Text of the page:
Pro-Ject designed a new sub-platter for the T1 series and mounted it to a very precision main bearing with tolerances down to .001mm. The bearing is identical to the one used in the Pro-Ject Essential III table with a hardened steel axle and brass bushing.
One big deal on the new T1 is the blasted glass main platter. This type of platter is normally seen on tables costing much more. With a heavy glass platter (3 pounds, we weighed it!), you get a great flywheel effect, improving speed stability. Offering a glass platter at this low price is clearly a jab at one of Pro-Ject’s main competitors who offer many tables with glass platters incorporating a more high tech design on most of them, but at higher price points. The whole table weighs in at about 8.3 pounds. The included felt mat tops off the glass platter.
The tonearm on the T1 is a brand new design from the Pro-Ject team. It is the same effective length (8.6”) as the one on the Debut Carbon DC but is a one-piece design to reduce resonance. The rear counterweight is decoupled from the arm. If you need to adjust the tracking force, it slides forwards and backward with a set screw to lock it down when you are done adjusting. The bearing assembly on the tonearm is pretty massive for something in this price range. Pro-Ject developed a new bearing that has very low friction. Unlike the arm on the Debut Carbon, you will not have a way to adjust the vertical tracking angle as this arm has a fixed height. However, according to Pro-Ject, the arm is specifically designed to be a perfect match to the included Ortofon elliptical OM5E cartridge (a great $70 cartridge). We like this trade-off they made. Rather than trying to make the arm compatible (more expensive) with any possible cartridge, they made it work perfectly with the cartridge 99% of the people who buy this table will wind up keeping.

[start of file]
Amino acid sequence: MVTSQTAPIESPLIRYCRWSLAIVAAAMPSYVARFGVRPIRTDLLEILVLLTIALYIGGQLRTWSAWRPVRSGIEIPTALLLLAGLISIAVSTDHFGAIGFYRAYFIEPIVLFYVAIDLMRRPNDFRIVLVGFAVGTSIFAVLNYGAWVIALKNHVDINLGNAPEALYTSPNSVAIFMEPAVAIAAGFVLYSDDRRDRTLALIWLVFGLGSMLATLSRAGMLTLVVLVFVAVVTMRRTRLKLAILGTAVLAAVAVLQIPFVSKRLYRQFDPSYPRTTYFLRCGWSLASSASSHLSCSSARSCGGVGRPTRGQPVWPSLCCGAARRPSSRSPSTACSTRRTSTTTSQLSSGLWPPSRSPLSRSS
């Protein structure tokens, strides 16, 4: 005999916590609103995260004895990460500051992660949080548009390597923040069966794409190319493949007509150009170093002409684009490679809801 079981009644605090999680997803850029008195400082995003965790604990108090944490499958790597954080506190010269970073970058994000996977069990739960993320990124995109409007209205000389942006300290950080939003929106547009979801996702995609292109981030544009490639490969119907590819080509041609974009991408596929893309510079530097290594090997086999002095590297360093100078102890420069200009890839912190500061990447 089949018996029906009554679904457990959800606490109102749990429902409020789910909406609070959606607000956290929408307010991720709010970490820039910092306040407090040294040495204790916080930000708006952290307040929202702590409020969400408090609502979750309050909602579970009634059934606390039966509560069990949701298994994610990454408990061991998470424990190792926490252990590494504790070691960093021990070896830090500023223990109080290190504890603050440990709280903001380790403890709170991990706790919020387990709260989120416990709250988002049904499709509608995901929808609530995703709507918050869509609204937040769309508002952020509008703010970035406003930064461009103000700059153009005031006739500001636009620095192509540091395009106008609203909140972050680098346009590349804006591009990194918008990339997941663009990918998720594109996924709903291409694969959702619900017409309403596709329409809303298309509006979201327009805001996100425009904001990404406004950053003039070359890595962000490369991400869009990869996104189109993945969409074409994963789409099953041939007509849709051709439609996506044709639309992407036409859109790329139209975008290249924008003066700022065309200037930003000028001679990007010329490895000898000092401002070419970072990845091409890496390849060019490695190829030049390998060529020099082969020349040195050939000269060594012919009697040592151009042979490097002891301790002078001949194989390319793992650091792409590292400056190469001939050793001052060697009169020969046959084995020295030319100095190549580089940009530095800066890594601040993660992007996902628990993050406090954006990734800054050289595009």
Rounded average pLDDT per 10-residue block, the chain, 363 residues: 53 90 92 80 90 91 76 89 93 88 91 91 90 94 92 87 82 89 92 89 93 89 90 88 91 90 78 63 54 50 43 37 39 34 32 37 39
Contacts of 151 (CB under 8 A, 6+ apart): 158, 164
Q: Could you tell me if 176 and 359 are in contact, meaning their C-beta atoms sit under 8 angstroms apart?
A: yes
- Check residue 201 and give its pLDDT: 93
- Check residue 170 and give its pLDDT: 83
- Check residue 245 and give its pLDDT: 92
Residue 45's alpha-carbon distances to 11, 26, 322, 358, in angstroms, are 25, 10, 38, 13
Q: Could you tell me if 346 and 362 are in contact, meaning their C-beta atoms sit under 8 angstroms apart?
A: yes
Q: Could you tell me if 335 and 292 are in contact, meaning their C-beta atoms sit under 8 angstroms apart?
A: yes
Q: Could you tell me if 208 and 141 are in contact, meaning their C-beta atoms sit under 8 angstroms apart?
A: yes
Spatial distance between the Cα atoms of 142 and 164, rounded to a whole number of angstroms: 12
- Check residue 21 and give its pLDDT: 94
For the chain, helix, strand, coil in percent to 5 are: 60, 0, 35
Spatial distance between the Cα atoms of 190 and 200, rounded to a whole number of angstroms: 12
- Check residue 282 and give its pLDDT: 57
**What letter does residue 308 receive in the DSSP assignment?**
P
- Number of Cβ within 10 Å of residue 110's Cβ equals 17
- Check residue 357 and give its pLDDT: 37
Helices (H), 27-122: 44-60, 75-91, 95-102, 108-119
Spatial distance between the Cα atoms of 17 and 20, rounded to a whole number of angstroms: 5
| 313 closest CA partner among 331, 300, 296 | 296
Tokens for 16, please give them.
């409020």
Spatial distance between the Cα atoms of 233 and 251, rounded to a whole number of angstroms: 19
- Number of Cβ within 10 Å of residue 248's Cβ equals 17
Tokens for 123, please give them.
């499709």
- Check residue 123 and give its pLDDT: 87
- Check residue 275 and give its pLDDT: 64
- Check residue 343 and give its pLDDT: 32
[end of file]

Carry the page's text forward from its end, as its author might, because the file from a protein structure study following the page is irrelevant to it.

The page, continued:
Speaking of the cartridge, many other turntables in this price range that come with a cartridge will have one with a spherical stylus. For more details, check out our turntable buyers guide, but in a nutshell, an elliptical stylus has more contact with the grooves of your record, allowing it to pick up more of those subtle audio nuances. You’ll get Danish engineering on the T1 with the included OM5E. It also has a user-replaceable stylus when it's worn out and time to replace.